Sev­eral in­ci­dents yes­ter­day high­lighted the coun­try’s pre­car­i­ous se­cu­rity sit­u­a­tion and frac­tured po­lit­i­cal at­mos­phere. A sui­cide bomber killed eight peo­ple and in­jured 30 in the Taji district north of Baghdad. No group claimed re­spon­si­bil­ity but ISIS has un­der­taken sev­eral at­tacks in and around Baghdad in re­cent years.

In Kirkuk, the elec­toral com­mis­sion head Riyadh Al Bad­ran re­ported that gun­men had be­sieged sev­eral polling sta­tions, dis­rupt­ing the vote count in the north­ern city at the heart of the long-run­ning dis­pute with Iraqi Kurds.

The Kirkuk gov­er­nor’s of­fice said there was no hostage-tak­ing and fur­ther re­ports in­di­cated the gath­er­ing was only a sitin by Arab and Turk­men in an area where the Pa­tri­otic Union of Kur­dis­tan won the largest share of the vote.

It is an idio­syn­crasy of the Iraqi elec­tion sys­tem that it is only now, af­ter the votes have been counted, that the real pol­i­tick­ing is be­gin­ning. While many ob­servers have been sur­prised by the re­sults of the first elec­tion since the de­feat of ISIS – with Prime Min­is­ter Haider Al Abadi’s Vic­tory Al­liance end­ing in third place – Iraqi vot­ers have been left with a line-up of fa­mil­iar faces. The out­come is, per­haps, more pro­found than sim­ply a deep-rooted frus­tra­tion with es­tab­lished sec­tar­ian lead­ers. in­flu­en­tial cleric Mo­q­tada Al Sadr might have de­fied ex­pec­ta­tions to emerge vic­to­ri­ous in the elec­tion but his suc­cess speaks largely to his de­nun­ci­a­tion of cor­rup­tion and external in­flu­ence. More than 15 years af­ter the fall of dic­ta­tor Sad­dam Hus­sein, Iraqis have tired of the cor­rupt po­lit­i­cal elites. Dis­en­chant­ment led to a turnout of 44.5 per cent, ex­pli­ca­ble in part by the in­ter­nal dis­place­ment of 2.6 mil­lion Iraqis and those who lacked of­fi­cial doc­u­men­ta­tion to reg­is­ter to vote. Iraq’s jaded elec­torate yearns for a brighter, non-sec­tar­ian fu­ture. But as the po­lit­i­cal jock­ey­ing gets un­der­way, the em­pha­sis should be on work­ing towards healing frac­tures rather than cre­at­ing new ones.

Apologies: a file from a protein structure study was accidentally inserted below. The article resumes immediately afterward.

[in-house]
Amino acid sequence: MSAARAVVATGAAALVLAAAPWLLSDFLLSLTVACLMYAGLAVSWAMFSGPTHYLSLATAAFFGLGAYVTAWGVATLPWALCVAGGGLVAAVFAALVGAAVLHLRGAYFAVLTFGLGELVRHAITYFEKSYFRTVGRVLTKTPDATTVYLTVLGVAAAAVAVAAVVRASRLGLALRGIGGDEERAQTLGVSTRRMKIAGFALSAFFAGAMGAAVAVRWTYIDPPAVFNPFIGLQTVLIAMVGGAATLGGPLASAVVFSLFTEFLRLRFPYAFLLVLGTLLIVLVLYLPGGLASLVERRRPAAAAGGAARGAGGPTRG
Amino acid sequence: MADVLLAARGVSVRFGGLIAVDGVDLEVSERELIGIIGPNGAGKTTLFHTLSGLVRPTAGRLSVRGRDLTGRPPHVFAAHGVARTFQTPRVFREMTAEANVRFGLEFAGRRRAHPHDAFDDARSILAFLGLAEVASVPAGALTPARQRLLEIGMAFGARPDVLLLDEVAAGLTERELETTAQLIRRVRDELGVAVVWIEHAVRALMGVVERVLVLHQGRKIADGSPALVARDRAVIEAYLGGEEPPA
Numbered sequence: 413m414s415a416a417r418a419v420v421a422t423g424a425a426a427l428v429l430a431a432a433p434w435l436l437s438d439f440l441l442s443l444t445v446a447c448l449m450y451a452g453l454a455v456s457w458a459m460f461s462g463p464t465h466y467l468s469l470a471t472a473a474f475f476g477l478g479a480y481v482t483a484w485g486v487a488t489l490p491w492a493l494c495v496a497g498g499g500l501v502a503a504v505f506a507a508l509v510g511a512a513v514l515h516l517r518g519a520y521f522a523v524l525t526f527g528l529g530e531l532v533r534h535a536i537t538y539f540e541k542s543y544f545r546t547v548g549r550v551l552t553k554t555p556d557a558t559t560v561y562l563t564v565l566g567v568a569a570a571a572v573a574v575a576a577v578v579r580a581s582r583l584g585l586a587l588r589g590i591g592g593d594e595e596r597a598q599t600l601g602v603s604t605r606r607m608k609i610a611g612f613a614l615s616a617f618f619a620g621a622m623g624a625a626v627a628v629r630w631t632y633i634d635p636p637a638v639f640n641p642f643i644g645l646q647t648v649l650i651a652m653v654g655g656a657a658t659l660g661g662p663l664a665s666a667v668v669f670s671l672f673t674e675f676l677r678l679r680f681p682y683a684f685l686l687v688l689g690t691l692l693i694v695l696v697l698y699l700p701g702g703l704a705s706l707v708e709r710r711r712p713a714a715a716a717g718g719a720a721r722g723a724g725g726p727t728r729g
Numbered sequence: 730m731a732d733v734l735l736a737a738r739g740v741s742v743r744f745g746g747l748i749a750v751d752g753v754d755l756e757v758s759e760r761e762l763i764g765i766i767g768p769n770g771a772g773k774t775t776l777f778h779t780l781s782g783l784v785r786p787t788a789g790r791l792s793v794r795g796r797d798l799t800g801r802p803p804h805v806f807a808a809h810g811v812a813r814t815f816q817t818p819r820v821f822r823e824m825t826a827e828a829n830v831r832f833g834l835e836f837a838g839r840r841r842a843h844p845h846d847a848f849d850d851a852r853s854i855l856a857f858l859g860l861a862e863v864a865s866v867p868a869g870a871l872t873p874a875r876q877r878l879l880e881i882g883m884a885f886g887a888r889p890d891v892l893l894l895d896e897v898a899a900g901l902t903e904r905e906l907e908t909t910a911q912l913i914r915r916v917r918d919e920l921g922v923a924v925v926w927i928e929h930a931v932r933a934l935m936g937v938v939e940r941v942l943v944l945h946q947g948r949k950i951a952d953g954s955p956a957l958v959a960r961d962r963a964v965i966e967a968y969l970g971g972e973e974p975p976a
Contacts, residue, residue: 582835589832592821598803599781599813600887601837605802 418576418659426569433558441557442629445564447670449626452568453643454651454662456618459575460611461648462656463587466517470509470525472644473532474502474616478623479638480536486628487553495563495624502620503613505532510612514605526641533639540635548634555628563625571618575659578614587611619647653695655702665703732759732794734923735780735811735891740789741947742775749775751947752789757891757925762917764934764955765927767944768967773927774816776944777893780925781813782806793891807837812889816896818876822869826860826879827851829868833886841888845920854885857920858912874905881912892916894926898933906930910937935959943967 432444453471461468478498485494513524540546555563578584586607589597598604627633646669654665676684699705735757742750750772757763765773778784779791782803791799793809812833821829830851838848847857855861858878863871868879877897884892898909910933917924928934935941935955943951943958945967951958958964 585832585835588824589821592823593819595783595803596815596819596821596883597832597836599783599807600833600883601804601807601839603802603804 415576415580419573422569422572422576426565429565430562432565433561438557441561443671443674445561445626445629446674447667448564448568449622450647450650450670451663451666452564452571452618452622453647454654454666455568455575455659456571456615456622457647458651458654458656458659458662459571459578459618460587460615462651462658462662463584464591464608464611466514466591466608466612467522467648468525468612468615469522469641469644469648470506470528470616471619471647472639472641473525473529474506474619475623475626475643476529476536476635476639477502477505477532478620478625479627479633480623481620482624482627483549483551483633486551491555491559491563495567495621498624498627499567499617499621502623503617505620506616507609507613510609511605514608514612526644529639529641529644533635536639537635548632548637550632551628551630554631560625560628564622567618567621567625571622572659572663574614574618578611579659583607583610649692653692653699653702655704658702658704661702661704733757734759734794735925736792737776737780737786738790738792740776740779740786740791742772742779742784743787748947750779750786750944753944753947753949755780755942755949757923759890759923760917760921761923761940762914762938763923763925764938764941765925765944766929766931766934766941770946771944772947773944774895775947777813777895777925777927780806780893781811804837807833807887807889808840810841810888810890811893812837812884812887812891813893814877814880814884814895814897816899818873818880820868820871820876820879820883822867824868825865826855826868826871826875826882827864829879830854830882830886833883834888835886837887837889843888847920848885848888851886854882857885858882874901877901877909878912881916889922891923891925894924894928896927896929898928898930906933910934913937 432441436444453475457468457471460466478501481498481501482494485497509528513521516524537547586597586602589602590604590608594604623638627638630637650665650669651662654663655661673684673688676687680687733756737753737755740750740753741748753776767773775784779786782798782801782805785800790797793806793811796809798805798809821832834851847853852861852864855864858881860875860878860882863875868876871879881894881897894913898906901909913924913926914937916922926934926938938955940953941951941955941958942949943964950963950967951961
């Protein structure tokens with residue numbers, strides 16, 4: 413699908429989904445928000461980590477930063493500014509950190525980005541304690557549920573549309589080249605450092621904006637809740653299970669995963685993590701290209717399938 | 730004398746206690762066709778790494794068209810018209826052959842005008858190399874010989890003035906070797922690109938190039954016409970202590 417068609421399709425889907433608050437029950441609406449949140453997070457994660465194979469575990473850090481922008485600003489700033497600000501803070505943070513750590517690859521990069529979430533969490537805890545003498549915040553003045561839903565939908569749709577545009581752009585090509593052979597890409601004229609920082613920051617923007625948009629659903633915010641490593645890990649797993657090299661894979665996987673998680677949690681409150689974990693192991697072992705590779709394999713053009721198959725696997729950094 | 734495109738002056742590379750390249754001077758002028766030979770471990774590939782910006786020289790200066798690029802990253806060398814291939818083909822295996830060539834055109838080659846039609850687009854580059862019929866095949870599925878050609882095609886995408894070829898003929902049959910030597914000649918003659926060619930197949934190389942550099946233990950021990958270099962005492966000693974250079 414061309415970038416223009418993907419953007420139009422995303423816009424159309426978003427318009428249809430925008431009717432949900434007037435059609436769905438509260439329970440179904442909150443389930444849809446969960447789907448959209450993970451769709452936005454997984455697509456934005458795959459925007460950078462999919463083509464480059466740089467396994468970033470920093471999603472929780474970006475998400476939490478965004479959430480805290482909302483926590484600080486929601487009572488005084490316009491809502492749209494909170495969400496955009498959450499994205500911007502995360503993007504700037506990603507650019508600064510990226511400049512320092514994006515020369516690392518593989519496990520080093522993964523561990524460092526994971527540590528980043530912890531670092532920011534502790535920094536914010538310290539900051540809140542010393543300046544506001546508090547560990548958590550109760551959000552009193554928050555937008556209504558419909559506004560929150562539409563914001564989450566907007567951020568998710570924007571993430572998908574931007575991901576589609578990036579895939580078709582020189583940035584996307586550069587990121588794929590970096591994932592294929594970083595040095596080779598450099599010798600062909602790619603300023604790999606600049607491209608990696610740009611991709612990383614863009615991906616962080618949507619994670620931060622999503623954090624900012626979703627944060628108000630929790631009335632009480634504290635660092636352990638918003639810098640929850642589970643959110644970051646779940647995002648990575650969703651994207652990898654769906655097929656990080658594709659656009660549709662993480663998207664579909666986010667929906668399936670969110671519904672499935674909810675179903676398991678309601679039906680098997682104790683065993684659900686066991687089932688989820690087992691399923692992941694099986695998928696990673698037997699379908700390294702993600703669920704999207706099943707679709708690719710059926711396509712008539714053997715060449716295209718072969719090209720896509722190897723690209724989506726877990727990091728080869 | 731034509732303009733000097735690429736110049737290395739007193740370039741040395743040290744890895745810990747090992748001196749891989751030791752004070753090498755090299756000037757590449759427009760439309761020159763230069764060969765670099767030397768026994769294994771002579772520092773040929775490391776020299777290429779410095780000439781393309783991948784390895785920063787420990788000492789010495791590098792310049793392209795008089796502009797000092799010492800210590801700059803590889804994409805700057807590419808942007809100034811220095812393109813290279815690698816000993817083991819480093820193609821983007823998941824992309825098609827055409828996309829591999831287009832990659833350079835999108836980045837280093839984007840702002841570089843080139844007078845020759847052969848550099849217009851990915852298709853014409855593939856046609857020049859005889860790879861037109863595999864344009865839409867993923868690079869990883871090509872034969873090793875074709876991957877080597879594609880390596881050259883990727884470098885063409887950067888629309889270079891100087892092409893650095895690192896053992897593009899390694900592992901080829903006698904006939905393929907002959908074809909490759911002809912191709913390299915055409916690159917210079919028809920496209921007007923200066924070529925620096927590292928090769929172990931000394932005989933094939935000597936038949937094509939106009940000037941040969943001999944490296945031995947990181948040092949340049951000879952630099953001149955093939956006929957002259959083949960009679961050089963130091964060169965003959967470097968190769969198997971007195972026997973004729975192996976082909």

As things stand, Mr Al Sadr’s bloc is poised to take 54 seats in par­lia­ment, more than any other coali­tion. Although 165 seats are re­quired to form a government, it none­the­less el­e­vates the cleric from the fringes of Iraqi pol­i­tics to the role of king­maker. Many ex­pect him to form an al­liance with Mr Al Abadi, prompt­ing a scram­ble from re­gional and global play­ers to in­flu­ence a fu­ture government. Brett McGurk, the US pres­i­den­tial spe­cial en­voy to the anti-ISIS coali­tion, was re­port­edly in Baghdad on Mon­day to meet Mr Al Abadi and other coali­tion lead­ers. Mean­while Qassem Suleimani, the Is­lamic Rev­o­lu­tion­ary Guard Corps com­man­der, is in Iraq in a brazen at­tempt to ad­vance Ira­nian in­ter­ests. As dif­fer­ent fac­tions ham­mer out coali­tions, it is still un­clear how they will tackle Iraq’s many chal­lenges, most no­tably its en­demic cor­rup­tion. An es­ti­mated $100 bil­lion is re­quired to re­build Iraq af­ter the war against ISIS de­stroyed 20,000 homes and busi­nesses in Mo­sul alone. Ex­trem­ism re­mains a daily threat while al­le­ga­tions of vote-rig­ging in north­ern Kur­dish re­gions have raised the prospect of vi­o­lence. Nu­mer­ous communities lack jobs, util­i­ties and ser­vices.

Low turnout re­flects voter ap­a­thy in a coun­try be­dev­illed by years of vi­o­lence and power grabs. It is im­per­a­tive that po­lit­i­cal jostling does not stand in the way of ef­fec­tive change and what­ever government emerges from a pre­car­i­ous pe­riod puts the needs of or­di­nary Iraqis front and cen­tre.


An Iraqi elec­toral com­mis­sion worker in­spects re­sults of in Na­jaf, where Mo­q­tada Al Sadr’s list dom­i­nated the poll